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The Paris Catacombs

Nearly six million deceased people reside beneath Paris, which makes it one of the world’s largest graves. But, originally these people were not all buried here, so where did they come from? In November of 1785, The Cemetery of the Innocents (a near by cemetery used for ten centuries) was closed, and the contents needed to be removed because it was becoming a source of infection for inhabitants. It was decided that all of the city’s dead would be buried or brought to the disused limestone quarries which had recently been inspected. After nightfall from 1786 to 1788, the dead were transported from the cemetery to their new resting place beneath Paris. Each night there was a procession of priests who would sign a service for the dead… An eerie sight, if you ask me.


Since their creation, the Paris Catacombs have raised interest including a couple of royal visitors: the future Charles X in 1787, Francis I (emperor of Austria) in 1814, and Napoleon III in 1860. In 2005, the Catacombs opened to the public, and so now anyone is able to visit the Catacombs.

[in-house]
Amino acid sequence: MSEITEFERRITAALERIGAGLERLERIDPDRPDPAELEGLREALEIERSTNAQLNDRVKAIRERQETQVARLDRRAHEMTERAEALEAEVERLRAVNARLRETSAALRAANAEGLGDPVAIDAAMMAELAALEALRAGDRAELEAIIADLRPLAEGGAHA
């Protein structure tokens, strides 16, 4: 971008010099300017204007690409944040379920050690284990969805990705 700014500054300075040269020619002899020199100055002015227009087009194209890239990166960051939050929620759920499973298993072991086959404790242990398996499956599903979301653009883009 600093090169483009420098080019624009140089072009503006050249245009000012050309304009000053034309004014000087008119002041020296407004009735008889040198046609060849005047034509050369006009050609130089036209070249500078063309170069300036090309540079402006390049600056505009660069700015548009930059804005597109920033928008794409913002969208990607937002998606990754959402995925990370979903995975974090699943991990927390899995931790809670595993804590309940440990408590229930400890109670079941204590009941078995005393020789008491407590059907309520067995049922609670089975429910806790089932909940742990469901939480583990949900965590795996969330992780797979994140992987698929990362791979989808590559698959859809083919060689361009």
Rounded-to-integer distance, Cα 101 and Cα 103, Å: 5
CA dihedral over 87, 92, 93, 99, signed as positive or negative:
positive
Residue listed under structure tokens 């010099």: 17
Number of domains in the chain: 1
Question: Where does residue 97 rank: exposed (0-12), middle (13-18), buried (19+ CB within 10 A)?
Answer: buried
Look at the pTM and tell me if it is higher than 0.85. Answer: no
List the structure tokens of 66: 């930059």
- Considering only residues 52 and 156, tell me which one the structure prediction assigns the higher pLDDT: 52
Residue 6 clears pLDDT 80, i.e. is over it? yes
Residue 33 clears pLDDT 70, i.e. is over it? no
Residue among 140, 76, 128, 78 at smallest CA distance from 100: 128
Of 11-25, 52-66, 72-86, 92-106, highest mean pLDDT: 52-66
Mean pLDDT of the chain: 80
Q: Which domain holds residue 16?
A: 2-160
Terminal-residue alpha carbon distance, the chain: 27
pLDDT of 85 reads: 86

Visitor Information:
-Open Daily 10am to 8pm. Except Mondays and holidays. Last entrance is at 7pm.
-Address: 1, avenue du Colonel Henri Rol-Tanguy 75014 Paris (ie: Take the metro to Denfert-Rochereau, the bus to 36 or 38, or park at Boulevard Saint-Jacques).
-Maximum visitors at one time is 200, so at times there may be a wait to enter the Catacombs (go early in the day!)
It is about a 2km walk and takes about 45 minutes with a lot of stairs down at the beginning and a lot up at the end.
-The tour is not advisable for those with respiratory or heart issues, or those with a nervous disposition (you can imagine why)

Although the Catacomb is known for the insane amount of stacks of bones, there is more to be found deep beneath Paris. “The workshop” is a disused quarry feature. “The Port-Mahon corridor” contains sculptures by a quarryman who had fought in Louis XV’s army. “The quarryman’s footpath” is a small clear pool of water that was uncovered by the quarrymen. The water was later used to mix cement for the works of the Catacomb.

Then there is the entrance to the Catacombs. Within the catacombs there are various points of interest including plaques commemorating the fighting at the Réveillon factory on May 18th, 1789 and at the Tuileries on August 10th, 1792. Along with those killed in the massacres of 1792, those killed in these two key events in the French Revolution were the only ones to be buried directly in the catacombs. “The Crypt of the Passion” also holds a unique story. On April 2, 1897, a macabre clandestine concert was held in this room. The event was attended by scholars, scientists, and select wealthy. The employees that let them in that night were quickly fired.


The tour is not for those afraid of the dark, the dead, or small spaces, but it is quite an interesting perspective on history in Paris. 


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